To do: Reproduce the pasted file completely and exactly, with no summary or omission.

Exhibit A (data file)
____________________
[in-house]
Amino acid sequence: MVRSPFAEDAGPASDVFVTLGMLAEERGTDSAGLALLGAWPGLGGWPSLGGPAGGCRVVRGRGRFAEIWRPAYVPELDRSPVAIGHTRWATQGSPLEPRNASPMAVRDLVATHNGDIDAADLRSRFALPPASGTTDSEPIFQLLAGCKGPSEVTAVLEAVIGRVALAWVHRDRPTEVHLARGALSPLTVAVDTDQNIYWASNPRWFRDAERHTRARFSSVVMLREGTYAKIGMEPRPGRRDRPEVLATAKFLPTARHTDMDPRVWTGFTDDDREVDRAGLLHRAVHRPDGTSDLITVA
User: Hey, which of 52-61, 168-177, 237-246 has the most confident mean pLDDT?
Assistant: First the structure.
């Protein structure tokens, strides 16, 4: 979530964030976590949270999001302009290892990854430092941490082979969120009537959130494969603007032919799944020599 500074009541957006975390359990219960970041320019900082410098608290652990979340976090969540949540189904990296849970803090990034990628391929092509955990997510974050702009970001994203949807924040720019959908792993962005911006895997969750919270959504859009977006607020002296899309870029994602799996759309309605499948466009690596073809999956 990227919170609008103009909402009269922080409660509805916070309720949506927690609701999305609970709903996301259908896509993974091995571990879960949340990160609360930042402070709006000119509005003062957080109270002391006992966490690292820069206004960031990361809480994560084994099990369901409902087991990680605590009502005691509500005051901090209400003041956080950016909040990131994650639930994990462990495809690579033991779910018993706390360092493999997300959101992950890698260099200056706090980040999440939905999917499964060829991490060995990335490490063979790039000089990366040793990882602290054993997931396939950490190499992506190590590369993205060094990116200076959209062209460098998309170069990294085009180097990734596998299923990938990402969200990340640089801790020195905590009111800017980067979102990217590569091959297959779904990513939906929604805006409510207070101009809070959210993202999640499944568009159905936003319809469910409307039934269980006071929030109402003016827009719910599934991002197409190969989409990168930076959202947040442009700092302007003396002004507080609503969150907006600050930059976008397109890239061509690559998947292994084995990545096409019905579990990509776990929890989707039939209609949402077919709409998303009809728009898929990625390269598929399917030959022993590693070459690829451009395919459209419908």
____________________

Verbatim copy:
[in-house]
Amino acid sequence: MVRSPFAEDAGPASDVFVTLGMLAEERGTDSAGLALLGAWPGLGGWPSLGGPAGGCRVVRGRGRFAEIWRPAYVPELDRSPVAIGHTRWATQGSPLEPRNASPMAVRDLVATHNGDIDAADLRSRFALPPASGTTDSEPIFQLLAGCKGPSEVTAVLEAVIGRVALAWVHRDRPTEVHLARGALSPLTVAVDTDQNIYWASNPRWFRDAERHTRARFSSVVMLREGTYAKIGMEPRPGRRDRPEVLATAKFLPTARHTDMDPRVWTGFTDDDREVDRAGLLHRAVHRPDGTSDLITVA
User: Hey, which of 52-61, 168-177, 237-246 has the most confident mean pLDDT?
Assistant: First the structure.
């Protein structure tokens, strides 16, 4: 979530964030976590949270999001302009290892990854430092941490082979969120009537959130494969603007032919799944020599 500074009541957006975390359990219960970041320019900082410098608290652990979340976090969540949540189904990296849970803090990034990628391929092509955990997510974050702009970001994203949807924040720019959908792993962005911006895997969750919270959504859009977006607020002296899309870029994602799996759309309605499948466009690596073809999956 990227919170609008103009909402009269922080409660509805916070309720949506927690609701999305609970709903996301259908896509993974091995571990879960949340990160609360930042402070709006000119509005003062957080109270002391006992966490690292820069206004960031990361809480994560084994099990369901409902087991990680605590009502005691509500005051901090209400003041956080950016909040990131994650639930994990462990495809690579033991779910018993706390360092493999997300959101992950890698260099200056706090980040999440939905999917499964060829991490060995990335490490063979790039000089990366040793990882602290054993997931396939950490190499992506190590590369993205060094990116200076959209062209460098998309170069990294085009180097990734596998299923990938990402969200990340640089801790020195905590009111800017980067979102990217590569091959297959779904990513939906929604805006409510207070101009809070959210993202999640499944568009159905936003319809469910409307039934269980006071929030109402003016827009719910599934991002197409190969989409990168930076959202947040442009700092302007003396002004507080609503969150907006600050930059976008397109890239061509690559998947292994084995990545096409019905579990990509776990929890989707039939209609949402077919709409998303009809728009898929990625390269598929399917030959022993590693070459690829451009395919459209419908």